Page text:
The Potential of Rainwater Harvesting systems For Battling Water Crisis in Twin Cities

By: Marfaa Naseem

“In the midst of every crisis lies a great opportunity” -Albert Einstein.
Day by day growing population in twin cities is increasing water demand and burden on urban water supply and management systems. This escalating pressure poses a formidable challenge that requires immediate attention and proactive measures. A study conducted by International Water Management Institute (IWMI) indicates that ground water in twin cities is depleting at rapid speed of 1.7 meters per year. The daily supply of water to the twin cities from the Simly dam and Khanpur Dam Water Supply Project is 67 million gallons daily (MGD). According to Capital Development Authority (CDA) the average demand of water is 120 million gallons daily, while the shortage of water is 53 million gallons daily.
In this dire situation, rainwater offers an excellent solution to fill the gap in household and commercial water usage, as well as facilitate groundwater recharge. Rainwater harvesting systems are a sustainable solution for conserving water resources. They capture rainwater for various uses, reducing the burden on municipal water supplies and benefiting both the environment and your wallet. Rainwater harvesting can be a simple yet impactful step towards a more eco-friendly and cost-effective water management approach. Rainwater harvesting is ideal for twin cities, given that their substantial annual rainfall is 1000 mm. Even in the driest month, November, there is 27 mm of rainfall, while the highest recorded rainfall occurs in July, reaching 186 mm. This abundant rain makes rainwater harvesting a great choice for meeting both household and commercial water needs as well as for recharging groundwater.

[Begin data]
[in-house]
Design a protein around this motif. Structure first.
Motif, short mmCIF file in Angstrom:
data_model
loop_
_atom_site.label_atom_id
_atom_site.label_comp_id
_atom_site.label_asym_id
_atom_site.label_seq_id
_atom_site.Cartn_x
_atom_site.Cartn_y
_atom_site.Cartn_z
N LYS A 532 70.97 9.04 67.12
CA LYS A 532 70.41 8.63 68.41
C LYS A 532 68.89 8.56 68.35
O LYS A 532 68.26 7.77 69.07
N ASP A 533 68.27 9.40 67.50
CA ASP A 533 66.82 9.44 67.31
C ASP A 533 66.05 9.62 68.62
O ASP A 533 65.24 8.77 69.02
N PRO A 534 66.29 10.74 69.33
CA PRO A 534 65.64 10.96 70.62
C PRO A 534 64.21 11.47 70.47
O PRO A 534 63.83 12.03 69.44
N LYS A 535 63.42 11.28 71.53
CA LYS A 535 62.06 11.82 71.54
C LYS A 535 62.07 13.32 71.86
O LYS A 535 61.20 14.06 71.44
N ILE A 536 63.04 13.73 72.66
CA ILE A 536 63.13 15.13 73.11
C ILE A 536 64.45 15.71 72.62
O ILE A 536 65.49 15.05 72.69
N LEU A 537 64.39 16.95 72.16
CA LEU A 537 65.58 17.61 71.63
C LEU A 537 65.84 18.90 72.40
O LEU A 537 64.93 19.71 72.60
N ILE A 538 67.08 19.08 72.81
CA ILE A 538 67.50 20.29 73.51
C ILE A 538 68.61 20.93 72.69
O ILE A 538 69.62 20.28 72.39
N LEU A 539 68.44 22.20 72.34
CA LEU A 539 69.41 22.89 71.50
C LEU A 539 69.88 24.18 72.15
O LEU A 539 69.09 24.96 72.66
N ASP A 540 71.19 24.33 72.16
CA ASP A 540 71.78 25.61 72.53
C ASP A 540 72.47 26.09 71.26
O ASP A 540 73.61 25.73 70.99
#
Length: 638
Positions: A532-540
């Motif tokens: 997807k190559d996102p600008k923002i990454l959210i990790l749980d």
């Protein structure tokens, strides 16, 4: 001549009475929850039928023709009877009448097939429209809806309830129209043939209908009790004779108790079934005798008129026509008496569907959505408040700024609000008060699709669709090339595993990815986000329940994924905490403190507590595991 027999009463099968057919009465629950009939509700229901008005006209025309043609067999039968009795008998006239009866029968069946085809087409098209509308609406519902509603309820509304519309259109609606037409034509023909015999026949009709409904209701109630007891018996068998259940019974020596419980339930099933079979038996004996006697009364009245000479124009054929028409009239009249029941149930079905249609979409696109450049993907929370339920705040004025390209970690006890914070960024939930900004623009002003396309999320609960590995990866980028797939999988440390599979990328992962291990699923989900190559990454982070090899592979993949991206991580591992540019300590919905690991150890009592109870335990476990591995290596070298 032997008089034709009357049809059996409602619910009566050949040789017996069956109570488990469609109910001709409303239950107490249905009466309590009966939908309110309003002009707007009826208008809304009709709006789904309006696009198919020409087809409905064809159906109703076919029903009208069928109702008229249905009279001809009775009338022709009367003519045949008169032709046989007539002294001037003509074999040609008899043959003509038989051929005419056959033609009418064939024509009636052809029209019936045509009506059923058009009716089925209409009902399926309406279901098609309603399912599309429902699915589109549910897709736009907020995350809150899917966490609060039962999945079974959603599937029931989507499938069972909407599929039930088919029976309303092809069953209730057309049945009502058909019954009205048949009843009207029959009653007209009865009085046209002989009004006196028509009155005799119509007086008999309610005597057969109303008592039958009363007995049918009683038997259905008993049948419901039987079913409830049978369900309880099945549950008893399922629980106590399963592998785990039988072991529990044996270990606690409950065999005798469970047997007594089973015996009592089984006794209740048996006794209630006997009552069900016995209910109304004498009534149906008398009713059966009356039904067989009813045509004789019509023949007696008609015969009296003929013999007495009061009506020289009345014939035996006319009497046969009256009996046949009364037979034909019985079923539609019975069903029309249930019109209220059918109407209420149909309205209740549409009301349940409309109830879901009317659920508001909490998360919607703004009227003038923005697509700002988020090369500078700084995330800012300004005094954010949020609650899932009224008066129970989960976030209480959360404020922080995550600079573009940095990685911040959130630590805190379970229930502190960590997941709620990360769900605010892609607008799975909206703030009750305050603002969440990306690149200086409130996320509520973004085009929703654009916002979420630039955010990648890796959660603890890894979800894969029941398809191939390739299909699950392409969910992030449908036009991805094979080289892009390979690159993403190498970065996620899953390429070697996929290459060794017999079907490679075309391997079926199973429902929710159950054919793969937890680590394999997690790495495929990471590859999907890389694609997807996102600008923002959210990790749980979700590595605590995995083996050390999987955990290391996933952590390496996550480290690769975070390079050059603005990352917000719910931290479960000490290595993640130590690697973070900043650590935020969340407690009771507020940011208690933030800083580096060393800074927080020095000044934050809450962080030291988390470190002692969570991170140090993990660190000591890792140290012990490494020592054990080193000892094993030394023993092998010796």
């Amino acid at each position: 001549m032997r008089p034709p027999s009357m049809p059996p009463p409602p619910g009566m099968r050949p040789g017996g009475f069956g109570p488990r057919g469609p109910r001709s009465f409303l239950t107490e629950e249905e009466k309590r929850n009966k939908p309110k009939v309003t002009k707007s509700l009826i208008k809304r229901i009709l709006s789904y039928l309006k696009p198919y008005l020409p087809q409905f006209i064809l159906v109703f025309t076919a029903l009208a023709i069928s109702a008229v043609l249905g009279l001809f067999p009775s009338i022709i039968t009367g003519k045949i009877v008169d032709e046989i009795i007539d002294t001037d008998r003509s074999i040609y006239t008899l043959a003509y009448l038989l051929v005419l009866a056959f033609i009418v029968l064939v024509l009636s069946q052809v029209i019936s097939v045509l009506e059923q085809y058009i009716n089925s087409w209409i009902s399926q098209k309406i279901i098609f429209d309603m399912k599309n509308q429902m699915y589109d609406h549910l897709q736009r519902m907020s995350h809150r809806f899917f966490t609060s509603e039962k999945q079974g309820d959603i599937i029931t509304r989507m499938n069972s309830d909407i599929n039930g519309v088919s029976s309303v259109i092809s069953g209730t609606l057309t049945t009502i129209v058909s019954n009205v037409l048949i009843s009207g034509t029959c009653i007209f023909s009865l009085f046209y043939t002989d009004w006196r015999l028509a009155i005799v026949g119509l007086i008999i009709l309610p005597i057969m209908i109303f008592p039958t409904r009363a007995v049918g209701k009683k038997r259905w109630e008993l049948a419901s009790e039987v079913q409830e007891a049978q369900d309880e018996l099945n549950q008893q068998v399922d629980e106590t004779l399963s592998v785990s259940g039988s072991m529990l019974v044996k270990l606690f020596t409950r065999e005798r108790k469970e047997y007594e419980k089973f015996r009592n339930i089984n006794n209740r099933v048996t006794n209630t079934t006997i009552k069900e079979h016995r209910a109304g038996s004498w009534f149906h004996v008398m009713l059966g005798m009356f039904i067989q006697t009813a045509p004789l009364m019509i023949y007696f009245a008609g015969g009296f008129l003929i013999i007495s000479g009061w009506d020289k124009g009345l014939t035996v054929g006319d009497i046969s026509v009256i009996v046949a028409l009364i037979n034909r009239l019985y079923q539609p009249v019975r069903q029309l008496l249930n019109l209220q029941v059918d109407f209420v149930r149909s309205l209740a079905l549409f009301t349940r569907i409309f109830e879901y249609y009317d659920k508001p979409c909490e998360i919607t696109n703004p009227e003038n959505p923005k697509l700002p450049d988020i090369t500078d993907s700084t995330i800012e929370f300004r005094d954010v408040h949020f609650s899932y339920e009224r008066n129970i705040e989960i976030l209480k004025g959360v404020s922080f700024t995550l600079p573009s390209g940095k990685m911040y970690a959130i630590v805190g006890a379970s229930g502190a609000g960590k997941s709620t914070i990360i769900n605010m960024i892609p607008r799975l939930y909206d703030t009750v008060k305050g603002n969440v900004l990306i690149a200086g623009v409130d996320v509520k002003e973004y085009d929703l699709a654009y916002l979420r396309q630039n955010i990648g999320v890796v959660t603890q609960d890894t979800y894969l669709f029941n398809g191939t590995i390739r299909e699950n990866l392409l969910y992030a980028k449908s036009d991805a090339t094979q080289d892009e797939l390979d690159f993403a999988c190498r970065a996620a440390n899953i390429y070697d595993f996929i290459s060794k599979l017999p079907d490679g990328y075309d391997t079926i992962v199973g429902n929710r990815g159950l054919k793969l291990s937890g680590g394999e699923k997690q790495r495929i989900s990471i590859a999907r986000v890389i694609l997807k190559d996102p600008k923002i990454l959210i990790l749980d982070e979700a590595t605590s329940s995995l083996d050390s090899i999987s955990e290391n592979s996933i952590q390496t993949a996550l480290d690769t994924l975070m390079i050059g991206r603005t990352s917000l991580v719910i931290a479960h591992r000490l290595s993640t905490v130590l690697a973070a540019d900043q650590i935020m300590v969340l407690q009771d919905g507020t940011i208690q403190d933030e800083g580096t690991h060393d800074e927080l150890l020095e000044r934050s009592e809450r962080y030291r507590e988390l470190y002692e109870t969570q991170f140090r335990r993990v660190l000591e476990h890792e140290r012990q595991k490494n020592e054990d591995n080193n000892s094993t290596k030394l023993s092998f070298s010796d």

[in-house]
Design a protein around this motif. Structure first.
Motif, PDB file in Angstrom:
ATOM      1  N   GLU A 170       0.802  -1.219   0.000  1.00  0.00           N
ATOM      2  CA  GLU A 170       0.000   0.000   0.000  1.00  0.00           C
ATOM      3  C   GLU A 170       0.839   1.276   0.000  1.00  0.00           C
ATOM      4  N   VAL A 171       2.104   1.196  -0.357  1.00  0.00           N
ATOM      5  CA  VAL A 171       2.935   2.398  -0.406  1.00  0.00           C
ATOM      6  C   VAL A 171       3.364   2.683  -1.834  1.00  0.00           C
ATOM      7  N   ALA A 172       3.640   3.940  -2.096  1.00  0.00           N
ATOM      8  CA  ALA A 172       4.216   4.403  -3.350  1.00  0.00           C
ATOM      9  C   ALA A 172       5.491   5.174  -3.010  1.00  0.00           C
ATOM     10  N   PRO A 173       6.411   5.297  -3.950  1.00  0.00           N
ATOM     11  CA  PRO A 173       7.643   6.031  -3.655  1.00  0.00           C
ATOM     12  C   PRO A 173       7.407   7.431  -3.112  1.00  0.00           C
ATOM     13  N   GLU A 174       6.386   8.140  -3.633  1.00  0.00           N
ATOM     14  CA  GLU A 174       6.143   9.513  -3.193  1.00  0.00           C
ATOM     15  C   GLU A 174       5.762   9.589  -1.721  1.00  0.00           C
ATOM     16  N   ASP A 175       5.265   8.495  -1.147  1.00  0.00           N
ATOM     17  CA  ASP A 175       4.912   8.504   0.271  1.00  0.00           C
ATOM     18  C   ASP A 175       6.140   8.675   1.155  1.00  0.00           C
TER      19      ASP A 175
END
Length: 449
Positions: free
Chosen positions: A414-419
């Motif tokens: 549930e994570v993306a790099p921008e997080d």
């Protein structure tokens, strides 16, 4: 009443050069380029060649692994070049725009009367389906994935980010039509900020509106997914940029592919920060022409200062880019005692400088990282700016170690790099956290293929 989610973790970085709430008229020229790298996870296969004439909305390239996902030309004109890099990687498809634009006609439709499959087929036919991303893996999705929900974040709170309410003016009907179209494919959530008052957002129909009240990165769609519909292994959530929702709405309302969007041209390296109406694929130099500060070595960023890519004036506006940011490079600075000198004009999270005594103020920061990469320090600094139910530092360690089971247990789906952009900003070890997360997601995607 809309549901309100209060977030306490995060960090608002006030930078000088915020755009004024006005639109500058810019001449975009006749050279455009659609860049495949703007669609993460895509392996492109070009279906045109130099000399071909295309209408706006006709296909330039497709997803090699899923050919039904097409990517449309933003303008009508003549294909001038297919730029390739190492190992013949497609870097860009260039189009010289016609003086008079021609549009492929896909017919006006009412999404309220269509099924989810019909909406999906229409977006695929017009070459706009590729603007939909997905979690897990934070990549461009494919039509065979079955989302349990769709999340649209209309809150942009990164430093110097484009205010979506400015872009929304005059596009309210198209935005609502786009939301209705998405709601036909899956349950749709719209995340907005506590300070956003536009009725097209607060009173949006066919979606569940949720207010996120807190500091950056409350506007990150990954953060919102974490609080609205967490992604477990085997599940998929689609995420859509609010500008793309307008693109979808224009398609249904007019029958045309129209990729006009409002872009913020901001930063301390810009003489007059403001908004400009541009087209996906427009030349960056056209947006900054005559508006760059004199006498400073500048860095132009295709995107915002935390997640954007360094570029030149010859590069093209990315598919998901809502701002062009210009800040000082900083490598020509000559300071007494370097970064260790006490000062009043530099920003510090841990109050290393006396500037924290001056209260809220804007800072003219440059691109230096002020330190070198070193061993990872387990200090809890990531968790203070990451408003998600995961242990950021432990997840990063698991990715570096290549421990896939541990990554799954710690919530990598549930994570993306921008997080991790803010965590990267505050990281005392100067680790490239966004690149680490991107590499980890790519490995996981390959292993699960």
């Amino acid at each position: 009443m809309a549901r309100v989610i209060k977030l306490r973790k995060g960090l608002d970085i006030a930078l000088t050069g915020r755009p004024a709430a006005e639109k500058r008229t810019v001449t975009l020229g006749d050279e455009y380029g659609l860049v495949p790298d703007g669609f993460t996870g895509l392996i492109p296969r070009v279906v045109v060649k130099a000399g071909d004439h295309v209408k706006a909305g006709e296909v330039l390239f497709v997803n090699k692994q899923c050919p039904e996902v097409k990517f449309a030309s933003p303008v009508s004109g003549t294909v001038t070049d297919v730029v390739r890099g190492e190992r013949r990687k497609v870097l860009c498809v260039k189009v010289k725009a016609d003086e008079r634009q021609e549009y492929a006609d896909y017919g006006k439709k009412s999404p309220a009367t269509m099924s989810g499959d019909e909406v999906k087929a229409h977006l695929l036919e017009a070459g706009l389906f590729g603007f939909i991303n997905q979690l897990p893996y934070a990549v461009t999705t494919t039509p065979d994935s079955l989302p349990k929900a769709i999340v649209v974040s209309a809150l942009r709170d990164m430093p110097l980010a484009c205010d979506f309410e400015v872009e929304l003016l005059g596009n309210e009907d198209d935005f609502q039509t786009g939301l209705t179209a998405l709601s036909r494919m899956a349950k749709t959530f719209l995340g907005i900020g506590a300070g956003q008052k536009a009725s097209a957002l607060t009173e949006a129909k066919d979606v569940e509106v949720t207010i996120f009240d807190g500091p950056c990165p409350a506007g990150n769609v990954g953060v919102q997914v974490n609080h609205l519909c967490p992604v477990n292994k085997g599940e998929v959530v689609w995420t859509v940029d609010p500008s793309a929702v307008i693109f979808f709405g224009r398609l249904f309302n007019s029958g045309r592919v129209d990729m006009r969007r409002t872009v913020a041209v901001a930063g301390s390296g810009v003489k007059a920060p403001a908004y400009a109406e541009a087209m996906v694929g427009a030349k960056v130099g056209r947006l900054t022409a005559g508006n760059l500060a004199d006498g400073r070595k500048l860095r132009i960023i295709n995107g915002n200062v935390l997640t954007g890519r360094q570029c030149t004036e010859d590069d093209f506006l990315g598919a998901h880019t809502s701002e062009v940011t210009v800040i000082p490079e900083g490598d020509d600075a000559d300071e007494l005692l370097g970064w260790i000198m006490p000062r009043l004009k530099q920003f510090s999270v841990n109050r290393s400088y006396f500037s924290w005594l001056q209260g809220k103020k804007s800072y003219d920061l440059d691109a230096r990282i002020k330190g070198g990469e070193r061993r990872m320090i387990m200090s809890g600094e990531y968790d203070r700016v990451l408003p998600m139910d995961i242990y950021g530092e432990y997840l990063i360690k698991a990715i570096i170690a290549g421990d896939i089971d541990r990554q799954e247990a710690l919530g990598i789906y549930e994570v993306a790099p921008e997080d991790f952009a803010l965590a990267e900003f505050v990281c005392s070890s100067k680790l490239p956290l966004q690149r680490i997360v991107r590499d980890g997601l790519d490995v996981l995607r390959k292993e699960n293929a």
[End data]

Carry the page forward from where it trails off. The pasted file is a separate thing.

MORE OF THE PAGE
Rainwater harvesting in twin cities offers a range of benefits, it will reduce strain on traditional water resources. From an economic perspective rainwater harvesting will lead to decrease reliance on water tankers for individuals and businesses as well as contribute to a sustainable water supply. This is an incredibly cost-efficient system, offering a solution that will not break the bank. For a 2-story building with a catchment area of 100m2 the system installation will cost roughly about 150,000/- making it the most wallet friendly choice for individuals and businesses alike. This means even with minimum rainfall of 27mm, it will yield 2700 L of water.
The Pakistan Council of Research in Water Resources (PCRWR), in collaboration with the CDA, has successfully established around 80 recharge wells. Each of these wells has the capacity to recharge 1.9 million gallons of water into the city’s aquifer, significantly mitigating flooding of Nala Lai during the monsoon season. Furthermore, PCRWR has implemented rooftop rainwater harvesting and filtration systems within their facility, emphasizing their commitment to sustainable water management practices. In another remarkable example, Telenor has implemented an extensive rainwater harvesting system at its Headquarters. This system not only fulfills the entire building’s water needs but also plays a crucial role in supporting their innovative chilled beam heating and cooling system.
In conclusion, the potential of rainwater harvesting systems as a solution to the pressing water crisis in Islamabad and Rawalpindi is undeniable. With the twin cities facing recurring water shortages and a declining groundwater table, the need for sustainable water management practices has never been greater. Rainwater harvesting emerges as the most fitting answer, leveraging the abundant rainfall in the region. Beyond its environmental advantages, this approach also offers economic benefits and contributes to long-term water security. The collaborative efforts of organizations like PCRWR and CDA, exemplified by their establishment of rainwater harvesting systems and groundwater recharge wells, serve as inspiring models for a more water-resilient future. By harnessing the power of rain, we can ensure a sustainable water supply for the twin cities and pave the way for a greener, more water-secure tomorrow.

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